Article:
Open Access Research article

Experiences of dementia in a foreign country: qualitative content analysis of interviews with people with dementia

Monir Mazaheri123*, Lars E Eriksson245, Alireza Nikbakht Nasrabadi3, Helena Sunvisson6 and Kristiina Heikkilä27

Author Affiliations

1 School of Health, Care and Social Welfare, Mälardalen University, Box 325, 631 05, Eskilstuna, Sweden

2 Department of Neurobiology, Care Science and Society, Karolinska Institutet, Stockholm, Sweden

3 Faculty of Nursing and Midwifery, Tehran University of Medical Sciences, Tehran, Iran

4 Department of Infectious Diseases, Karolinska University Hospital, Stockholm, Sweden

5 School of Health Sciences, City University London, London, United Kingdom

6 School of Health and Medical Sciences, Örebro University, Stockholm, Sweden

7 Department of Health and Care Sciences, Faculty of Life and Health Sciences, Linnaeus University, Kalmar, Sweden

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BMC Public Health 2014, 14:794  doi:10.1186/1471-2458-14-794

Published: 4 August 2014



Dementia is a worldwide health concern of epidemic proportions. Research in the field of subjective experience of dementia suffers from a lack of diversity of their participants including immigrants. Different portraits of life with dementia could help us understand how people with dementia conceptualise their experiences of dementia and how they live. Our study aimed to explore the subjective experiences of living with dementia among Iranian immigrants in Sweden.


Qualitative content analysis of interviews with fifteen people with dementia from Iranian immigrant backgrounds were conducted (8 females and 7 males).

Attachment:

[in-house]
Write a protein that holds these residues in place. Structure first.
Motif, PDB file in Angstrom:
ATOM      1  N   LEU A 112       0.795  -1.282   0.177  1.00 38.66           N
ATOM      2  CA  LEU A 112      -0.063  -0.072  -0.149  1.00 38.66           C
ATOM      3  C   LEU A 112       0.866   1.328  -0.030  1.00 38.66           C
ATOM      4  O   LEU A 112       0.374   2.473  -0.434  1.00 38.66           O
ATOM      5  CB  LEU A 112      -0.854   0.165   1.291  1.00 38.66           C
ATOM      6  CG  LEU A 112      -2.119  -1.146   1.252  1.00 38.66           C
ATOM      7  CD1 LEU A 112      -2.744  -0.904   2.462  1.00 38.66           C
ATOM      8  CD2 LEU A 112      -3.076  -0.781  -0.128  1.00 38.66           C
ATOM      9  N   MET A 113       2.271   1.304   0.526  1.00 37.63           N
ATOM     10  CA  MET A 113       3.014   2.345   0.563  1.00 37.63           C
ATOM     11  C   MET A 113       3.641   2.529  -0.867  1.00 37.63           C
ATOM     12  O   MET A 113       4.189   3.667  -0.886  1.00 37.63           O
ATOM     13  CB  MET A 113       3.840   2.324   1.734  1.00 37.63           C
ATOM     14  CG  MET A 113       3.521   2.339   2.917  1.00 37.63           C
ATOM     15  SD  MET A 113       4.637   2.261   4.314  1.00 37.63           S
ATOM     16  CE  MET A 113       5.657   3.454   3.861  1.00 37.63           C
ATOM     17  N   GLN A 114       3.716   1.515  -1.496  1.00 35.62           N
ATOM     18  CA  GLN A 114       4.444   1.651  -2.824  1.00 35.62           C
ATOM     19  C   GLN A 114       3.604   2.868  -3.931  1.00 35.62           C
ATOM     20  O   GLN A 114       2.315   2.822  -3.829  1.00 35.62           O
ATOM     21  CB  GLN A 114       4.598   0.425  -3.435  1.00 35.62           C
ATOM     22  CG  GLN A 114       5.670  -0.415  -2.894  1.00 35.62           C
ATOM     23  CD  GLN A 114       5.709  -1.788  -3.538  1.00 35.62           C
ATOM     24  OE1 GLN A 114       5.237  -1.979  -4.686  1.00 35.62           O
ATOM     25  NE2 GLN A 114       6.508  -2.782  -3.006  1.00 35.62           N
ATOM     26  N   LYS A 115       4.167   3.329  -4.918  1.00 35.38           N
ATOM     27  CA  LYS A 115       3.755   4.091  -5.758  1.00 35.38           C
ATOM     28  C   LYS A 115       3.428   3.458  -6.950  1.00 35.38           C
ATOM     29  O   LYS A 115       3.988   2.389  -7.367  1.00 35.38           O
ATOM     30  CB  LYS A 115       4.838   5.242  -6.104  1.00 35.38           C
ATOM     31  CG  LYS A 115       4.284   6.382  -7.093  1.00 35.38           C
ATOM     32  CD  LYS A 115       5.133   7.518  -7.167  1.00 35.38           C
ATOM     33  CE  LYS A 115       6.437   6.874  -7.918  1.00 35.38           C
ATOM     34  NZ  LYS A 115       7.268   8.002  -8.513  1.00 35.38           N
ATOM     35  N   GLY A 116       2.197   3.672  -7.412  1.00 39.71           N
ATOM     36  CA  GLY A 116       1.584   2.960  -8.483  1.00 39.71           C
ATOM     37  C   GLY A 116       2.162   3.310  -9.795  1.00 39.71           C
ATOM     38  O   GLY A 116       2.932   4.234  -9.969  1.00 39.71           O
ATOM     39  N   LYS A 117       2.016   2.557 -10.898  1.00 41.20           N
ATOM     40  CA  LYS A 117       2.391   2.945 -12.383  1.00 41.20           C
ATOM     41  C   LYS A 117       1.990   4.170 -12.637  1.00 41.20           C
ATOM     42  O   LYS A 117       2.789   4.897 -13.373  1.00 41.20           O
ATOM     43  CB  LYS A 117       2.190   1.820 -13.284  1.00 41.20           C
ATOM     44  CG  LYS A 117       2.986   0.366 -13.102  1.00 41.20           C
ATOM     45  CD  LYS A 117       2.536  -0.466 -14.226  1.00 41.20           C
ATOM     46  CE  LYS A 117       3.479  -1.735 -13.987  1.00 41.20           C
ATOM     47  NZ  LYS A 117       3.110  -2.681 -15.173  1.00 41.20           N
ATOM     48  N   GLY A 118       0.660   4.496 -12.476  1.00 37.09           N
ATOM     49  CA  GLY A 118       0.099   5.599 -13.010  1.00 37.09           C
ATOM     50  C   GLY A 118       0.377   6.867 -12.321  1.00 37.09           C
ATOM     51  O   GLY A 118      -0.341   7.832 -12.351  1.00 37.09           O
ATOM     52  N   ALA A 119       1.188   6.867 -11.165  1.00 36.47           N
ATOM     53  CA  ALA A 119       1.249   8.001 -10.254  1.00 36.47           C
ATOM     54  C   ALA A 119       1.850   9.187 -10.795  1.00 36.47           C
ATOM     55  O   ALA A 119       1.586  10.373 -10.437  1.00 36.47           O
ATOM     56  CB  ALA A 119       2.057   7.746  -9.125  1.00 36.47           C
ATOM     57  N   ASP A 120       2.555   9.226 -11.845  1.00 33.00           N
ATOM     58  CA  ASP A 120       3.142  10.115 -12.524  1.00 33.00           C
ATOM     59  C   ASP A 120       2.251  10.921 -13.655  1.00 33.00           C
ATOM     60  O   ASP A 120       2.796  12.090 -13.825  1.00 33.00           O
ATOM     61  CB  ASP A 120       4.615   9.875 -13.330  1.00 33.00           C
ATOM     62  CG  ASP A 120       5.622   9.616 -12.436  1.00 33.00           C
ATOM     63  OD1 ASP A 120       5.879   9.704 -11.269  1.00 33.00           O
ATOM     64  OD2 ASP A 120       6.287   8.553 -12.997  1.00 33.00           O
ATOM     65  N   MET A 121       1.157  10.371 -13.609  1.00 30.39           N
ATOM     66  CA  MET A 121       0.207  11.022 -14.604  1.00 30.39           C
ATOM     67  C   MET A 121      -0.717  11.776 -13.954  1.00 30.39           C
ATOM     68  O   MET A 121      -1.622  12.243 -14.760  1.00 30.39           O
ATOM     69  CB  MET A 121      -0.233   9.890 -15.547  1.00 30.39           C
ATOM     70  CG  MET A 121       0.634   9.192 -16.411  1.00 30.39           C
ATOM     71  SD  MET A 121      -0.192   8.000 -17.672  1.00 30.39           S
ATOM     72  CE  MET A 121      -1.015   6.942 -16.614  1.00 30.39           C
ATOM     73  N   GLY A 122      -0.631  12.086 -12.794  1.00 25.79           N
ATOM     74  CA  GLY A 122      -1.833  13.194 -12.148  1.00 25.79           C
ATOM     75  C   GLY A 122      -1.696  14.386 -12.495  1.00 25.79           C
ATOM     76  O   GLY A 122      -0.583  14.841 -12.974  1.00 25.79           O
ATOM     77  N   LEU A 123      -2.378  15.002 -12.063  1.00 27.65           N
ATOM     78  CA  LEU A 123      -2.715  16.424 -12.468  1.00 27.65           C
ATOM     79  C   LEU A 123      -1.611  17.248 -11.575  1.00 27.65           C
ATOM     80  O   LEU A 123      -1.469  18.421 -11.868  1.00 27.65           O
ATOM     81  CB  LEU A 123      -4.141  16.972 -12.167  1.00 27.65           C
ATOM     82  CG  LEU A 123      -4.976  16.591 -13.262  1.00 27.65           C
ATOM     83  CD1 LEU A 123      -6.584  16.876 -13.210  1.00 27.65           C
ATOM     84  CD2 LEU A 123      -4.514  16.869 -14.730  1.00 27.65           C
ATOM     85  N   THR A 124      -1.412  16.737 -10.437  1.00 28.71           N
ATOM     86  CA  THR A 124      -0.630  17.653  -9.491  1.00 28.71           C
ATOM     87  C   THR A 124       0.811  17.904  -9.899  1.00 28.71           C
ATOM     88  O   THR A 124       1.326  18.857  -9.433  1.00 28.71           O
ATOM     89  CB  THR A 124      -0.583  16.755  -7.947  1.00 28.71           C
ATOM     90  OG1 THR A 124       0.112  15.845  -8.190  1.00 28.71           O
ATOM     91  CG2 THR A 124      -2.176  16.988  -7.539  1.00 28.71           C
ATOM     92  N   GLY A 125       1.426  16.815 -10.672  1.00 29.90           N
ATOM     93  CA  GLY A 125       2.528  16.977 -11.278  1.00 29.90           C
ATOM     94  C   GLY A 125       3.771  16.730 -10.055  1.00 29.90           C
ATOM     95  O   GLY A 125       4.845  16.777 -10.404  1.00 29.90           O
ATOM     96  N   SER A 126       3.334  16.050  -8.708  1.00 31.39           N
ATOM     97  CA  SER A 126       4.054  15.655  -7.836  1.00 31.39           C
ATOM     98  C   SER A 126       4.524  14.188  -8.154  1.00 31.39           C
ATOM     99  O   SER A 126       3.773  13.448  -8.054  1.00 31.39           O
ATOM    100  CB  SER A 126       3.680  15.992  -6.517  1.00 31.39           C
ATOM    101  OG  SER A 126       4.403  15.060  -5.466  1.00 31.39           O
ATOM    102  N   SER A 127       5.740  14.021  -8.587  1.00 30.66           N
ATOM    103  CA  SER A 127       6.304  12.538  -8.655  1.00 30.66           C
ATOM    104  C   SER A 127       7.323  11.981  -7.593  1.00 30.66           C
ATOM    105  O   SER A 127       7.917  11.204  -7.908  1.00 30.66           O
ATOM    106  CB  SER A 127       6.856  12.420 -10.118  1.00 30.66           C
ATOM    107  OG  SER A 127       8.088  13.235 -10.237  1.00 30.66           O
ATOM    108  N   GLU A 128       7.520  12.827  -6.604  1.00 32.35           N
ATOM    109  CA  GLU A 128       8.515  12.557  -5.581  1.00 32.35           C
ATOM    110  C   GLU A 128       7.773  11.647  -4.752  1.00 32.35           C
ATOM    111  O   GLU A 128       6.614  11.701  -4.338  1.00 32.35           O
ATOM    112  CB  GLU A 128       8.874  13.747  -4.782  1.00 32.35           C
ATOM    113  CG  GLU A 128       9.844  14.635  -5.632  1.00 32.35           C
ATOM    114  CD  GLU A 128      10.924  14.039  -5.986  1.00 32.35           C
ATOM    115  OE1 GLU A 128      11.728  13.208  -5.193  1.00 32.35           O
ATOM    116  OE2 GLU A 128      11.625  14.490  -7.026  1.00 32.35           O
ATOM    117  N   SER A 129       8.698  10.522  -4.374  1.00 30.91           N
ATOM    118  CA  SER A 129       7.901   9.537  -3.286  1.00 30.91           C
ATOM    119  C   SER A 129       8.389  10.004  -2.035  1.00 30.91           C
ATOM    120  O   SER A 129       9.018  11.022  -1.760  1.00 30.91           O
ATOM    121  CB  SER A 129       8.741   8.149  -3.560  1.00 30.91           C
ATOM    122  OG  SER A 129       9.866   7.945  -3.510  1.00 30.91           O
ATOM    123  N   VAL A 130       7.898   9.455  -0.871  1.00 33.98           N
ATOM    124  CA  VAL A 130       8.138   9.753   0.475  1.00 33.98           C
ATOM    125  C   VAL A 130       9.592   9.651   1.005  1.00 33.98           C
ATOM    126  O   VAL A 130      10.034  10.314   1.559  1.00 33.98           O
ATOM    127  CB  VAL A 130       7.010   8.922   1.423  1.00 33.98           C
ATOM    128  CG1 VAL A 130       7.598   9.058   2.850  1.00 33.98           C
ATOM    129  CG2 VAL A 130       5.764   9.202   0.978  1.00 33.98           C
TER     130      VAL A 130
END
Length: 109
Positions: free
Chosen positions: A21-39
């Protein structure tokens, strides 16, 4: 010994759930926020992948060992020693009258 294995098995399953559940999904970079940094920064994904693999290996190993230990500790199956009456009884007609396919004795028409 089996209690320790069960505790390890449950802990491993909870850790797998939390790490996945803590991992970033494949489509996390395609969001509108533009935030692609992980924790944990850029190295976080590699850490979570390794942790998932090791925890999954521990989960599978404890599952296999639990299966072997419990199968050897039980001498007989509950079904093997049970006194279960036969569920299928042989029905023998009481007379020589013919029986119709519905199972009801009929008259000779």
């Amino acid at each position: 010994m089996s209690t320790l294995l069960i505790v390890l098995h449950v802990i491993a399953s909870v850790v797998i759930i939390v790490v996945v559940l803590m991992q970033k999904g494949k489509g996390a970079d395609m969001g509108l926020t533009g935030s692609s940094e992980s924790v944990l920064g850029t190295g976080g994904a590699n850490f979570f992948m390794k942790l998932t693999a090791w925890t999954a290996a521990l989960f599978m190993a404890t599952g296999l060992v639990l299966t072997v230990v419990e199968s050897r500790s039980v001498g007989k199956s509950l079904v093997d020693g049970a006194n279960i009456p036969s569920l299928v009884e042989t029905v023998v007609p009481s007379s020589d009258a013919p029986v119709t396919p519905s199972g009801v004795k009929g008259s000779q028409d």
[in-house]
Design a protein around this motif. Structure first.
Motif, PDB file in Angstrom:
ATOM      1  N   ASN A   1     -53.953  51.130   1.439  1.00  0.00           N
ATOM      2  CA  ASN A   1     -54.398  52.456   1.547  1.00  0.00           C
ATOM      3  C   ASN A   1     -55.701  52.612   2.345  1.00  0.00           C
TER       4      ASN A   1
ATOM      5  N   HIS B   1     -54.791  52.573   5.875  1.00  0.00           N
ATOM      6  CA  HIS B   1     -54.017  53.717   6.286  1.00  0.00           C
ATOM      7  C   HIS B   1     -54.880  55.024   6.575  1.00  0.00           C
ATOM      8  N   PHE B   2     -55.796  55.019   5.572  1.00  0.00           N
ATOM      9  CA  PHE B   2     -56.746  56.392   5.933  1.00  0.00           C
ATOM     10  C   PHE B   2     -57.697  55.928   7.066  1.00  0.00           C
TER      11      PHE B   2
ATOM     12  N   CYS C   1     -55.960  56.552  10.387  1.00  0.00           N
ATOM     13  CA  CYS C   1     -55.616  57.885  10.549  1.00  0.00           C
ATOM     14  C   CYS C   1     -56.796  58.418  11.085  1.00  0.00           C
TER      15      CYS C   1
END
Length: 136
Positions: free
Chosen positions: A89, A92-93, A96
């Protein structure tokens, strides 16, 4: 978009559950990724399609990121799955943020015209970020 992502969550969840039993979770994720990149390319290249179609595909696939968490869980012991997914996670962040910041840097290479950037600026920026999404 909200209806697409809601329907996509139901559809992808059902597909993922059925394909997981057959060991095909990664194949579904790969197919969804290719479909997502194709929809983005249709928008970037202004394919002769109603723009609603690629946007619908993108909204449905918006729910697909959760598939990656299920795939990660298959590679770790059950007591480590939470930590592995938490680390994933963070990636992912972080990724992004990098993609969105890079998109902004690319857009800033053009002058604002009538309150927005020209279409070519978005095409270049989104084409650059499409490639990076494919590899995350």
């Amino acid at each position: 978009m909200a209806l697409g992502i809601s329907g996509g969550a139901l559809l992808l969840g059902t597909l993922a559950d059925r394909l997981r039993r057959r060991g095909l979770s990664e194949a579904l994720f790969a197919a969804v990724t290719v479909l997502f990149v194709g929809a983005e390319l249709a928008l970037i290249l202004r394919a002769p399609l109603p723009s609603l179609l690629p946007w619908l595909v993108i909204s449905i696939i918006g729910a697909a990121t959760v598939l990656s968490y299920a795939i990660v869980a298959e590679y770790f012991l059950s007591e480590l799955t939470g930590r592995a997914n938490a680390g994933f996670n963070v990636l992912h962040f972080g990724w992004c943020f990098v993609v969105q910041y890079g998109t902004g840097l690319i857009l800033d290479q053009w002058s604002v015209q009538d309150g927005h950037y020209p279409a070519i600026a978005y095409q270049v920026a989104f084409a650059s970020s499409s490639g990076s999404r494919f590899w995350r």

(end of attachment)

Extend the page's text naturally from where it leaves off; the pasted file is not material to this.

Three themes and seven associated sub-themes were revealed. The themes included: Being a person with dementia means living with forgetfulness (personal sphere), living with forgetfulness in the private sphere means feeling incompetent but still loved, living with forgetfulness in the public sphere means feeling confident and secure but also isolated.


Living with dementia for the participants meant living with forgetfulness. They experienced feeling incompetent but still loved within their families and feeling confident and secure but also isolated in the society. Educating people with dementia and their families about the course and process of dementia may help them understand the changes better and adjust their expectations. Our study can provide a basis for healthcare workers to understand the experiences of living with dementia from this specific perspective.

Dementia; Experience; Qualitative studies; Semi-structured interview; Immigration; Iran; Sweden; Content analysis